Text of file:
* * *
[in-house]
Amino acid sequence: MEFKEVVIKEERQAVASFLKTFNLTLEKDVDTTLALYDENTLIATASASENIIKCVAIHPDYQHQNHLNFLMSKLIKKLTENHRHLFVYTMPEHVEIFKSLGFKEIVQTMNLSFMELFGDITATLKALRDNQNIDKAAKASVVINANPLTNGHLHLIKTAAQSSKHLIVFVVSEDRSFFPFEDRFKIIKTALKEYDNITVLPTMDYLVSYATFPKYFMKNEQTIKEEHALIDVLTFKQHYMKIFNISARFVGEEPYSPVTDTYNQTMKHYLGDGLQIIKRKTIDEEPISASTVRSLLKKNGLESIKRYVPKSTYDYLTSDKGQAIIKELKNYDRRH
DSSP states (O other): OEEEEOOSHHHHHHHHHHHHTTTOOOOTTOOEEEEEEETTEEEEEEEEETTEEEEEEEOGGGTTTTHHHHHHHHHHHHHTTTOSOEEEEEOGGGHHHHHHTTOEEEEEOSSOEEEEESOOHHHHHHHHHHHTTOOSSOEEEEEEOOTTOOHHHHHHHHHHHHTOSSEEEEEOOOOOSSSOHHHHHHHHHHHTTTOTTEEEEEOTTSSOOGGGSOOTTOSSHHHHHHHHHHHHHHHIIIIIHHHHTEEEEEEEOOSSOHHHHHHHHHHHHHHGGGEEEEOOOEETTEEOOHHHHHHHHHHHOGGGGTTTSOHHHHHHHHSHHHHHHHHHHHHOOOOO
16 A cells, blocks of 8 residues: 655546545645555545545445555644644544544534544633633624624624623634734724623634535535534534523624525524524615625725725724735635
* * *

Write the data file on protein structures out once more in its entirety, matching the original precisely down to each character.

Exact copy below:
[in-house]
Amino acid sequence: MEFKEVVIKEERQAVASFLKTFNLTLEKDVDTTLALYDENTLIATASASENIIKCVAIHPDYQHQNHLNFLMSKLIKKLTENHRHLFVYTMPEHVEIFKSLGFKEIVQTMNLSFMELFGDITATLKALRDNQNIDKAAKASVVINANPLTNGHLHLIKTAAQSSKHLIVFVVSEDRSFFPFEDRFKIIKTALKEYDNITVLPTMDYLVSYATFPKYFMKNEQTIKEEHALIDVLTFKQHYMKIFNISARFVGEEPYSPVTDTYNQTMKHYLGDGLQIIKRKTIDEEPISASTVRSLLKKNGLESIKRYVPKSTYDYLTSDKGQAIIKELKNYDRRH
DSSP states (O other): OEEEEOOSHHHHHHHHHHHHTTTOOOOTTOOEEEEEEETTEEEEEEEEETTEEEEEEEOGGGTTTTHHHHHHHHHHHHHTTTOSOEEEEEOGGGHHHHHHTTOEEEEEOSSOEEEEESOOHHHHHHHHHHHTTOOSSOEEEEEEOOTTOOHHHHHHHHHHHHTOSSEEEEEOOOOOSSSOHHHHHHHHHHHTTTOTTEEEEEOTTSSOOGGGSOOTTOSSHHHHHHHHHHHHHHHIIIIIHHHHTEEEEEEEOOSSOHHHHHHHHHHHHHHGGGEEEEOOOEETTEEOOHHHHHHHHHHHOGGGGTTTSOHHHHHHHHSHHHHHHHHHHHHOOOOO
16 A cells, blocks of 8 residues: 655546545645555545545445555644644544544534544633633624624624623634734724623634535535534534523624525524524615625725725724735635